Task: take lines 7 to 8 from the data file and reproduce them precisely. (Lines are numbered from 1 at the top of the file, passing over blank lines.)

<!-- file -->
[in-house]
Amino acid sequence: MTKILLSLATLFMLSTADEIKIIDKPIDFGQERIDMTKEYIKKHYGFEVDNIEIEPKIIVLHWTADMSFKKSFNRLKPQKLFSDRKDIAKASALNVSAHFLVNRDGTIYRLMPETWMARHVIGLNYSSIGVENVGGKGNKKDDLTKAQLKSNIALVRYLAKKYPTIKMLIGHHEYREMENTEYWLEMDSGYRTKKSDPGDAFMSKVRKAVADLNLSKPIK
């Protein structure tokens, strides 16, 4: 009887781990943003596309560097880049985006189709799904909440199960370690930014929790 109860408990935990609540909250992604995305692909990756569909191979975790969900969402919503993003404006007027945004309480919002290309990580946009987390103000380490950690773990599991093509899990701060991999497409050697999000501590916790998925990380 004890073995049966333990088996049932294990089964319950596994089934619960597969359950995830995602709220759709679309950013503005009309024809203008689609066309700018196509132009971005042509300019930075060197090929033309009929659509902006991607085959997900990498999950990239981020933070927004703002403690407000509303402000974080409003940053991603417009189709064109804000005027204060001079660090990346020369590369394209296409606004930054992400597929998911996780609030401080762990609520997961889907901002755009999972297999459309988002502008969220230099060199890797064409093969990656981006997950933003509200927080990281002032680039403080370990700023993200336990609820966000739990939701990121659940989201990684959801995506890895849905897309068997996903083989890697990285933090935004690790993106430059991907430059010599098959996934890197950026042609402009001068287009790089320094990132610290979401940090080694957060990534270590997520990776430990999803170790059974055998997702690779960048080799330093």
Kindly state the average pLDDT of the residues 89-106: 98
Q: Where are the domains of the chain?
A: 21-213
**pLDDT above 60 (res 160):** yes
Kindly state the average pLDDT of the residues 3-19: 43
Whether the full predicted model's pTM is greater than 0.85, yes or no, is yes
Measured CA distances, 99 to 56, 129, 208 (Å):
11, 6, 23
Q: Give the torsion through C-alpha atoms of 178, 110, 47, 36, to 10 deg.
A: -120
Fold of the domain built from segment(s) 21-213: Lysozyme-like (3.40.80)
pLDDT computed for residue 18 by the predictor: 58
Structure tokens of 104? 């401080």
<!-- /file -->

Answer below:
**pLDDT above 60 (res 160):** yes
Kindly state the average pLDDT of the residues 3-19: 43